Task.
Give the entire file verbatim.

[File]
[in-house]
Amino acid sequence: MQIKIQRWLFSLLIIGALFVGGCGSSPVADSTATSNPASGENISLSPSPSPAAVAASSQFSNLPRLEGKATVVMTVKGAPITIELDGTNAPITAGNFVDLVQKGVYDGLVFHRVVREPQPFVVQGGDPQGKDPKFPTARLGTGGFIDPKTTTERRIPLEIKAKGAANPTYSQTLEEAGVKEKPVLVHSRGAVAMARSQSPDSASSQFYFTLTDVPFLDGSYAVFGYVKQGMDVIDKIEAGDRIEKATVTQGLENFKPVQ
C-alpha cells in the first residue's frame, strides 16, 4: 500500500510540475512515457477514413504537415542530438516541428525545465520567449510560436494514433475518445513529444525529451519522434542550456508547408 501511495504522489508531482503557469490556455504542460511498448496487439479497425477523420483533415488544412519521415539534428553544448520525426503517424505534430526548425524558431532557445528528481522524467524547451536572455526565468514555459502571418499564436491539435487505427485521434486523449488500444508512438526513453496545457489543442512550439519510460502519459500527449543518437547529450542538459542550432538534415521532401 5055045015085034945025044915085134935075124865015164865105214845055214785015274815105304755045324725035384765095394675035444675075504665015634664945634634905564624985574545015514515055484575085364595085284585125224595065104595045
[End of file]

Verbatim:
[in-house]
Amino acid sequence: MQIKIQRWLFSLLIIGALFVGGCGSSPVADSTATSNPASGENISLSPSPSPAAVAASSQFSNLPRLEGKATVVMTVKGAPITIELDGTNAPITAGNFVDLVQKGVYDGLVFHRVVREPQPFVVQGGDPQGKDPKFPTARLGTGGFIDPKTTTERRIPLEIKAKGAANPTYSQTLEEAGVKEKPVLVHSRGAVAMARSQSPDSASSQFYFTLTDVPFLDGSYAVFGYVKQGMDVIDKIEAGDRIEKATVTQGLENFKPVQ
C-alpha cells in the first residue's frame, strides 16, 4: 500500500510540475512515457477514413504537415542530438516541428525545465520567449510560436494514433475518445513529444525529451519522434542550456508547408 501511495504522489508531482503557469490556455504542460511498448496487439479497425477523420483533415488544412519521415539534428553544448520525426503517424505534430526548425524558431532557445528528481522524467524547451536572455526565468514555459502571418499564436491539435487505427485521434486523449488500444508512438526513453496545457489543442512550439519510460502519459500527449543518437547529450542538459542550432538534415521532401 5055045015085034945025044915085134935075124865015164865105214845055214785015274815105304755045324725035384765095394675035444675075504665015634664945634634905564624985574545015514515055484575085364595085284585125224595065104595045